Abstract: This paper presents a novel active non-intrusive system identification (SYSID) approach to cardiovascular monitoring. The proposed approach uses a dual blood pressure cuff as an actuator as well as a pressure transducer for cardiovascular SYSID. In this paradigm, the dual blood pressure cuff excites the cardiovascular system to create rich trans-mural pressure waves traveling in the cardiovascular system, which are in turn measured via cuff pressure oscillations. Mathematical model was developed to describe the propagation of arterial and cuff excitation pressure waves in the cardiovascular system, which was subsequently used to study the effect of cuff maneuvers on trans-mural pressures and also to develop a methodological framework to reconstruct trans-mural pressure waveforms from cuff pressure oscillation measurements. This paper successfully demonstrated that 1) cardiovascular system can be excited non-intrusively via active cuff maneuvers, and 2) arterial and trans-mural pressure waveforms can be reconstructed accurately by judiciously processing cuff pressure oscillations.
Authors: Mahdi Jadaliha, Yunfei Xu, and Jongeun Choi, Michigan State University
Mahdi Jadaliha (adviser: Jongeun Choi) is pursuing his Ph.D. in Mechanical Engineering from Michigan State University from 2010. He also received his M.S. and B.S. degrees in Electrical Engineering from Sharif University and Iran University of Science & Technology, Tehran, Iran, in 2005 and 2007, respectively. Between 2005 and 2009, He was a Research Fellow with the Mechatronics Research LAB (MRL) at Azad University, Qazvin, Iran, and he obtained 3 robotics championships as part of the MRL team in the Robocup rescue robot leagues. His current research interests include parallel processing using GPU, robotic localization algorithms, environmental adaptive sampling algorithms, Gaussian processes, and statistical learning algorithms with applications to robotics and mobile sensor networks.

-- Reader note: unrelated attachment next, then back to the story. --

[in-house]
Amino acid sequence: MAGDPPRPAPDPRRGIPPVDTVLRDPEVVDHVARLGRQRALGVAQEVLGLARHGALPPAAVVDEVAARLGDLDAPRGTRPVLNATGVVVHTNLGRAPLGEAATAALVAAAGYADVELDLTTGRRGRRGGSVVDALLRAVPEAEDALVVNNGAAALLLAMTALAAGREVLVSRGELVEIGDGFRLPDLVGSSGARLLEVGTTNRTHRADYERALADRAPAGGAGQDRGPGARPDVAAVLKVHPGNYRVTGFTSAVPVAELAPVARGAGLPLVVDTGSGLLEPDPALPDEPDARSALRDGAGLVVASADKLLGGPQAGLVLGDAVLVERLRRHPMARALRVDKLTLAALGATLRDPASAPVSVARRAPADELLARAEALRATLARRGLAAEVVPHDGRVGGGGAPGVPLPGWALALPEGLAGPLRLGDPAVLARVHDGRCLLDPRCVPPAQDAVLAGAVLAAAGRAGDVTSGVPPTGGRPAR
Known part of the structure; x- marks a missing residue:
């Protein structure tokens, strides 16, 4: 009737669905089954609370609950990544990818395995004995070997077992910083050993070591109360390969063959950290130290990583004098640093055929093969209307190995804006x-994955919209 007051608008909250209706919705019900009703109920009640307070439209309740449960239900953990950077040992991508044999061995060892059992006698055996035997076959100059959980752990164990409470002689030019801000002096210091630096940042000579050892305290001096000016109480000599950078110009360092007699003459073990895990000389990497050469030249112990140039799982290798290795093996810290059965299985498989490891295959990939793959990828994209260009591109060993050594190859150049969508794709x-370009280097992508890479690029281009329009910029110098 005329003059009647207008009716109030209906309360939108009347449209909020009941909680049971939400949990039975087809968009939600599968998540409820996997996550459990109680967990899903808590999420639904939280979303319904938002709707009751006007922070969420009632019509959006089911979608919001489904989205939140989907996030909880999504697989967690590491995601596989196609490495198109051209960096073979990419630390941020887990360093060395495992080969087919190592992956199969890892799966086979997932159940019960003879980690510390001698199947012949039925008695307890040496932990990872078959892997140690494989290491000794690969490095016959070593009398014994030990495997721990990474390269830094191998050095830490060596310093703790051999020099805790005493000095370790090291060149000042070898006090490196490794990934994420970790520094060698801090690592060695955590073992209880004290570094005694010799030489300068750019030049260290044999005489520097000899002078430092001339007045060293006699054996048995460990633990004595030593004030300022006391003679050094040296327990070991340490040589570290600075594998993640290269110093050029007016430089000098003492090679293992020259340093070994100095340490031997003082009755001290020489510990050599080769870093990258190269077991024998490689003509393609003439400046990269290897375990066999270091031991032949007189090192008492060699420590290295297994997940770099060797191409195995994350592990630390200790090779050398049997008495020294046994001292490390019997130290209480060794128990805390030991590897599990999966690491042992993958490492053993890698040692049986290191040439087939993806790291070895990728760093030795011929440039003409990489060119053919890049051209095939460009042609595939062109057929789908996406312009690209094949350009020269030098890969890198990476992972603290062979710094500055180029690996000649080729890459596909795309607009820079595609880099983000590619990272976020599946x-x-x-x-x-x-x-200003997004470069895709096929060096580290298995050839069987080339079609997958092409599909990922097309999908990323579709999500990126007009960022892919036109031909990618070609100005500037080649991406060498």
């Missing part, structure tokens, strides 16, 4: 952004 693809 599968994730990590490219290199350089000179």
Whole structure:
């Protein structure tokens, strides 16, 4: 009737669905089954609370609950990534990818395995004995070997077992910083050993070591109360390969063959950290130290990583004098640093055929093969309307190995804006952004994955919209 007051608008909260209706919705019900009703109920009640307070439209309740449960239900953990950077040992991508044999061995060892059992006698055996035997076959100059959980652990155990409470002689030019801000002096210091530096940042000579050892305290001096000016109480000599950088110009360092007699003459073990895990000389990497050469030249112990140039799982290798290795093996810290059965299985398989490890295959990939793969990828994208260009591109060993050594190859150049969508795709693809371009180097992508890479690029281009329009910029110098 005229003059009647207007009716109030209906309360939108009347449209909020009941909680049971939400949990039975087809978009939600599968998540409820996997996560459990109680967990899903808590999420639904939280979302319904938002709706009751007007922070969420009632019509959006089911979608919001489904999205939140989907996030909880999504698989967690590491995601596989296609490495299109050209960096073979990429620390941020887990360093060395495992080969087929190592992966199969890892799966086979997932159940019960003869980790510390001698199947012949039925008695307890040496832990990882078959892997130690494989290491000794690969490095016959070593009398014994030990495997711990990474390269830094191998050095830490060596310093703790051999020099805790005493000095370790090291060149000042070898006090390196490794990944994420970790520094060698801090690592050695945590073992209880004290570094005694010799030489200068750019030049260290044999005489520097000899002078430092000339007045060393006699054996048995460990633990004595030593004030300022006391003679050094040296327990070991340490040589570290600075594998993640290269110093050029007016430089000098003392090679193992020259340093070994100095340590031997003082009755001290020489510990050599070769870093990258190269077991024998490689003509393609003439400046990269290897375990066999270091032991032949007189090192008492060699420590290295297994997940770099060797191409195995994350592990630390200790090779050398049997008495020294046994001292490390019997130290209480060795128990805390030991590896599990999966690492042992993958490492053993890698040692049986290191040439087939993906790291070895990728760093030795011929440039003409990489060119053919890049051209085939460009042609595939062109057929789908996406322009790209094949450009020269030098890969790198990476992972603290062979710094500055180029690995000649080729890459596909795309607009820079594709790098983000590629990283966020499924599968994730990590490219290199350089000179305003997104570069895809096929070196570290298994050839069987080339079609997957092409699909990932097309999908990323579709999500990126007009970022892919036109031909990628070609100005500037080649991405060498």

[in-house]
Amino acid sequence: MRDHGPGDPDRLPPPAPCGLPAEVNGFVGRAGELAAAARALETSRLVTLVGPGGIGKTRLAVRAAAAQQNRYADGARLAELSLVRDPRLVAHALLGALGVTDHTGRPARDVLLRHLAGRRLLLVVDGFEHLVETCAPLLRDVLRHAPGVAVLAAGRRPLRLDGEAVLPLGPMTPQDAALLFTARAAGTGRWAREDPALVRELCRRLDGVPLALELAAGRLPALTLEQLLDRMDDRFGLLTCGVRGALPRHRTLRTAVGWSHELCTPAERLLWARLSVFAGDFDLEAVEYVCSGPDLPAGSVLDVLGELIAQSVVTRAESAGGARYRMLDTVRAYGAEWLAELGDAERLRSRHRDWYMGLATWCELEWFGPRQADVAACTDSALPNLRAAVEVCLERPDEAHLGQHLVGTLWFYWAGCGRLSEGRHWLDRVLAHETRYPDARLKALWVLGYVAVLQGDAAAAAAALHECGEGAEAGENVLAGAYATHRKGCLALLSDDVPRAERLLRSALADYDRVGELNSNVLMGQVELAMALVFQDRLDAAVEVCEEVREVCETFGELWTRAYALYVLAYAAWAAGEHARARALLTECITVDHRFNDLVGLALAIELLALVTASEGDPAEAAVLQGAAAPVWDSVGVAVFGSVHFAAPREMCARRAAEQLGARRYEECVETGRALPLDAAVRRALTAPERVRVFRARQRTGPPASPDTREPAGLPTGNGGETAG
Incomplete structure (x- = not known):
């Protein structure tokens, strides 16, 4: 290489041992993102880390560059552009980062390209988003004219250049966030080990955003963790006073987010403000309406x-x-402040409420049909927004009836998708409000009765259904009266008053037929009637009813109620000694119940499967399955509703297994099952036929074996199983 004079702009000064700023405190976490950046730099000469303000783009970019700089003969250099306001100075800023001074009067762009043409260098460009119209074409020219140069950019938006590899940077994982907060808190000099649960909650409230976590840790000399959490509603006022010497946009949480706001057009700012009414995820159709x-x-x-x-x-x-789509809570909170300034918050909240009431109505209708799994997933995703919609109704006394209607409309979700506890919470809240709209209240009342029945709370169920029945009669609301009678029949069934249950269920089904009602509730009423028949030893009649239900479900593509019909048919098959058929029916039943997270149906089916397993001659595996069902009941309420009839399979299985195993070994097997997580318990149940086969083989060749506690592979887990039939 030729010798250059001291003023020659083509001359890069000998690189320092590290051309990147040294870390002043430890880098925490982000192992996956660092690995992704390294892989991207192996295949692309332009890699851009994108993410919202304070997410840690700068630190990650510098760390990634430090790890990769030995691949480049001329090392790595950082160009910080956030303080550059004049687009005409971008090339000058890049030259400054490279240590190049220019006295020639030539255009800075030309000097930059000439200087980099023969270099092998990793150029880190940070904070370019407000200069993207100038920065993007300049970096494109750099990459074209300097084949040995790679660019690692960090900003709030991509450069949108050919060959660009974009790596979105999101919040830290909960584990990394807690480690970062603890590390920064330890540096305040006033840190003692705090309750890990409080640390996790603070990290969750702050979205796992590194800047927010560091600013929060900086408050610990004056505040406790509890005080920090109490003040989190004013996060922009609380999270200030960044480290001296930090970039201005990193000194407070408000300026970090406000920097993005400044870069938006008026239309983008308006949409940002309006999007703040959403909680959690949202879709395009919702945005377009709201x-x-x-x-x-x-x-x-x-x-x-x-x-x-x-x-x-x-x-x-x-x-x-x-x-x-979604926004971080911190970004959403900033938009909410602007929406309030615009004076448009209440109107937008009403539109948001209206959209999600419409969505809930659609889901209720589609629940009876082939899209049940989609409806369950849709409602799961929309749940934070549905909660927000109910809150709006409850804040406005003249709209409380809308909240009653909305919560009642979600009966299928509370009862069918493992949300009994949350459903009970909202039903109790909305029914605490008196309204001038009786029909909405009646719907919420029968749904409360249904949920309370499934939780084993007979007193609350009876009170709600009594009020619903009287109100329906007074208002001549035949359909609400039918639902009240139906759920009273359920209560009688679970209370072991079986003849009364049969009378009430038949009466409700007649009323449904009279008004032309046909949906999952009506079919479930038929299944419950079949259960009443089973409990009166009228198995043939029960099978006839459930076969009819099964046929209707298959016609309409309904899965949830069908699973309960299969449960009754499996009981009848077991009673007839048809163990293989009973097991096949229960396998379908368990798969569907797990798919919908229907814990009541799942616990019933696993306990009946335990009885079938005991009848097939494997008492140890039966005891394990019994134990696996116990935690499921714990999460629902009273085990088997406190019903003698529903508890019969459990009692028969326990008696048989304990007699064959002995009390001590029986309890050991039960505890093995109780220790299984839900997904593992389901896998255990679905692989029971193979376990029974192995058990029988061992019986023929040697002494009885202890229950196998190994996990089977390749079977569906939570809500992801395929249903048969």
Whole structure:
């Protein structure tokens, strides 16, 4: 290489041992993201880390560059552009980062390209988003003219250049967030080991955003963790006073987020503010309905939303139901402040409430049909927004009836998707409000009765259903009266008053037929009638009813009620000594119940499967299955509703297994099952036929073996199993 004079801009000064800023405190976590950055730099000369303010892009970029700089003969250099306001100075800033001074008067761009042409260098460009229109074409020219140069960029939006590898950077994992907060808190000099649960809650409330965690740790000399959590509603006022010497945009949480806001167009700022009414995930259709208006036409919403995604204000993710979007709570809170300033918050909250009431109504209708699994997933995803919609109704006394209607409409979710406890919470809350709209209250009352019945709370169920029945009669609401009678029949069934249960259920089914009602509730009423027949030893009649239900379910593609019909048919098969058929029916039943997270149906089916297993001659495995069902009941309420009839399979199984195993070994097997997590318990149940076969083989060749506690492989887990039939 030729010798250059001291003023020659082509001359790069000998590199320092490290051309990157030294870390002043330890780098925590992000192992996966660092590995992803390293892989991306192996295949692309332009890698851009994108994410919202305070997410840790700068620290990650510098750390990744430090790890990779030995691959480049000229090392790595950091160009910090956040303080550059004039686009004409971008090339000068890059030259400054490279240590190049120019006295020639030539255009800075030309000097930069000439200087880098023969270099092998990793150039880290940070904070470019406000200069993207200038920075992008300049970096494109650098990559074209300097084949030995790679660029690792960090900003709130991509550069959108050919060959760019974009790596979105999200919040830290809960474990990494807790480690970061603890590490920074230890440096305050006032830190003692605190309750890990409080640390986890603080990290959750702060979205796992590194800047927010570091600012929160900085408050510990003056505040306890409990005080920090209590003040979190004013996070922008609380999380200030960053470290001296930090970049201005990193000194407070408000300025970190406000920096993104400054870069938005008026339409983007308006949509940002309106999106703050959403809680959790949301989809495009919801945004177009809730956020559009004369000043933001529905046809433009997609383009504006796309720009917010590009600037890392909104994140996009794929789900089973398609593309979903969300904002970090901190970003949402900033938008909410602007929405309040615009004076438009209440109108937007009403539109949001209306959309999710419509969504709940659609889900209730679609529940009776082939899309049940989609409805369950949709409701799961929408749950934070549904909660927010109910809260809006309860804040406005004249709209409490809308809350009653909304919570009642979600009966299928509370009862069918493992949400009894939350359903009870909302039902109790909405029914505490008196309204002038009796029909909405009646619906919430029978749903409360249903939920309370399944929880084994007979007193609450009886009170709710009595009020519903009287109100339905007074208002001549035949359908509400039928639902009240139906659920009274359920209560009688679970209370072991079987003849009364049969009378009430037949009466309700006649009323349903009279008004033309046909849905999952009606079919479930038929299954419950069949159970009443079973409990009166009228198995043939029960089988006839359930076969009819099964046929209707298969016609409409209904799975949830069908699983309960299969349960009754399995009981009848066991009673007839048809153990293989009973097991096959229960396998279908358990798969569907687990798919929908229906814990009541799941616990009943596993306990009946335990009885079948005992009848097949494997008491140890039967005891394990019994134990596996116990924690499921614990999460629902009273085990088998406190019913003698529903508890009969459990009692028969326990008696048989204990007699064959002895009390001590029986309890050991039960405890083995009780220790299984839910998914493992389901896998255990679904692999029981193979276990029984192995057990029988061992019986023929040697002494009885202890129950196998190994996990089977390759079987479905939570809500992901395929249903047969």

Abstract: In this paper, we develop efficient spatial prediction algorithms using Gaussian Markov random fields (GMRFs) under uncertain localization and sequential observations. We first review a GMRF as a discretized Gaussian process (GP) on a lattice, and justify the usage of maximum a posteriori (MAP) estimates of noisy sampling positions in making inferences. We show that the proposed approximation can be viewed as a discrete version of Laplace's approximation for GP regression under localization uncertainty. We then formulate our problem of computing prediction and propose an approximate Bayesian solution, taking into account observations, measurement noise, uncertain hyperparameters, and uncertain localization in a fully Bayesian point of view. In particular, we present an efficient scalable approximation using MAP estimates of noisy sampling positions with a controllable tradeoff between approximation error and complexity. The effectiveness of the proposed algorithms is illustrated using simulated and real-world data.